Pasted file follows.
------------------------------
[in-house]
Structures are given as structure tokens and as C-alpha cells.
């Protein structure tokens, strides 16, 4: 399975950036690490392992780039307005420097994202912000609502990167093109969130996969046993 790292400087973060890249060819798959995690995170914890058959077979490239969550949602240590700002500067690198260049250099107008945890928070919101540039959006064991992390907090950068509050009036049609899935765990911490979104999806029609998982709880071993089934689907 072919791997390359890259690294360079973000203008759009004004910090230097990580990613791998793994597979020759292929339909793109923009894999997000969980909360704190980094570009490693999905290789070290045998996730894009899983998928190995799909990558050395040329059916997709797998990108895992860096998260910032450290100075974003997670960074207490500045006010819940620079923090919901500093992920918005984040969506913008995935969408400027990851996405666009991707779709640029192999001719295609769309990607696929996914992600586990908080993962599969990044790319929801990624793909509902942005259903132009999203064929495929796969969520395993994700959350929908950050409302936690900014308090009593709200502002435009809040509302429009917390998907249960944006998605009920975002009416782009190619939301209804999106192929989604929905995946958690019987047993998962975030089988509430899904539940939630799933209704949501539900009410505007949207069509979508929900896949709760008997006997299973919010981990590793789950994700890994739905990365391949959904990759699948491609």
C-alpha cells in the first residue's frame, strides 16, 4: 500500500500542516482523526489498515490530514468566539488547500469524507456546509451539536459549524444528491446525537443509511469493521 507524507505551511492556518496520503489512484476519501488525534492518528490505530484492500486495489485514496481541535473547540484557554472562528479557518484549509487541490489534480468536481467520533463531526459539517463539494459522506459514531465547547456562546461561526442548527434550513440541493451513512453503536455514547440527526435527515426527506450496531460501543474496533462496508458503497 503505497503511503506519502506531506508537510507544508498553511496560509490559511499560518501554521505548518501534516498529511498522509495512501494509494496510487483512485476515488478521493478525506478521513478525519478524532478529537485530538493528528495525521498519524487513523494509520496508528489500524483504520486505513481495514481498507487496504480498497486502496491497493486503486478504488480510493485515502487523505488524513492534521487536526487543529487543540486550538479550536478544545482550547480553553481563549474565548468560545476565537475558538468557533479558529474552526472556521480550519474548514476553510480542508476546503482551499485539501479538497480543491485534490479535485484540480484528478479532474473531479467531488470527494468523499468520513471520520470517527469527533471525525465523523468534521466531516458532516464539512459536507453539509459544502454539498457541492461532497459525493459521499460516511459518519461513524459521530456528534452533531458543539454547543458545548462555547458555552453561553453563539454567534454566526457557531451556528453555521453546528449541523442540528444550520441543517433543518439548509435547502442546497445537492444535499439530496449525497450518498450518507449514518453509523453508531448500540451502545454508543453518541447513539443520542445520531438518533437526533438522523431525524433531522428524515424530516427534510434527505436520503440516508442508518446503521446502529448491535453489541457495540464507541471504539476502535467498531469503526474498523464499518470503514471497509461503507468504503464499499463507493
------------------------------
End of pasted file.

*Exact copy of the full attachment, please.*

[in-house]
Structures are given as structure tokens and as C-alpha cells.
């Protein structure tokens, strides 16, 4: 399975950036690490392992780039307005420097994202912000609502990167093109969130996969046993 790292400087973060890249060819798959995690995170914890058959077979490239969550949602240590700002500067690198260049250099107008945890928070919101540039959006064991992390907090950068509050009036049609899935765990911490979104999806029609998982709880071993089934689907 072919791997390359890259690294360079973000203008759009004004910090230097990580990613791998793994597979020759292929339909793109923009894999997000969980909360704190980094570009490693999905290789070290045998996730894009899983998928190995799909990558050395040329059916997709797998990108895992860096998260910032450290100075974003997670960074207490500045006010819940620079923090919901500093992920918005984040969506913008995935969408400027990851996405666009991707779709640029192999001719295609769309990607696929996914992600586990908080993962599969990044790319929801990624793909509902942005259903132009999203064929495929796969969520395993994700959350929908950050409302936690900014308090009593709200502002435009809040509302429009917390998907249960944006998605009920975002009416782009190619939301209804999106192929989604929905995946958690019987047993998962975030089988509430899904539940939630799933209704949501539900009410505007949207069509979508929900896949709760008997006997299973919010981990590793789950994700890994739905990365391949959904990759699948491609």
C-alpha cells in the first residue's frame, strides 16, 4: 500500500500542516482523526489498515490530514468566539488547500469524507456546509451539536459549524444528491446525537443509511469493521 507524507505551511492556518496520503489512484476519501488525534492518528490505530484492500486495489485514496481541535473547540484557554472562528479557518484549509487541490489534480468536481467520533463531526459539517463539494459522506459514531465547547456562546461561526442548527434550513440541493451513512453503536455514547440527526435527515426527506450496531460501543474496533462496508458503497 503505497503511503506519502506531506508537510507544508498553511496560509490559511499560518501554521505548518501534516498529511498522509495512501494509494496510487483512485476515488478521493478525506478521513478525519478524532478529537485530538493528528495525521498519524487513523494509520496508528489500524483504520486505513481495514481498507487496504480498497486502496491497493486503486478504488480510493485515502487523505488524513492534521487536526487543529487543540486550538479550536478544545482550547480553553481563549474565548468560545476565537475558538468557533479558529474552526472556521480550519474548514476553510480542508476546503482551499485539501479538497480543491485534490479535485484540480484528478479532474473531479467531488470527494468523499468520513471520520470517527469527533471525525465523523468534521466531516458532516464539512459536507453539509459544502454539498457541492461532497459525493459521499460516511459518519461513524459521530456528534452533531458543539454547543458545548462555547458555552453561553453563539454567534454566526457557531451556528453555521453546528449541523442540528444550520441543517433543518439548509435547502442546497445537492444535499439530496449525497450518498450518507449514518453509523453508531448500540451502545454508543453518541447513539443520542445520531438518533437526533438522523431525524433531522428524515424530516427534510434527505436520503440516508442508518446503521446502529448491535453489541457495540464507541471504539476502535467498531469503526474498523464499518470503514471497509461503507468504503464499499463507493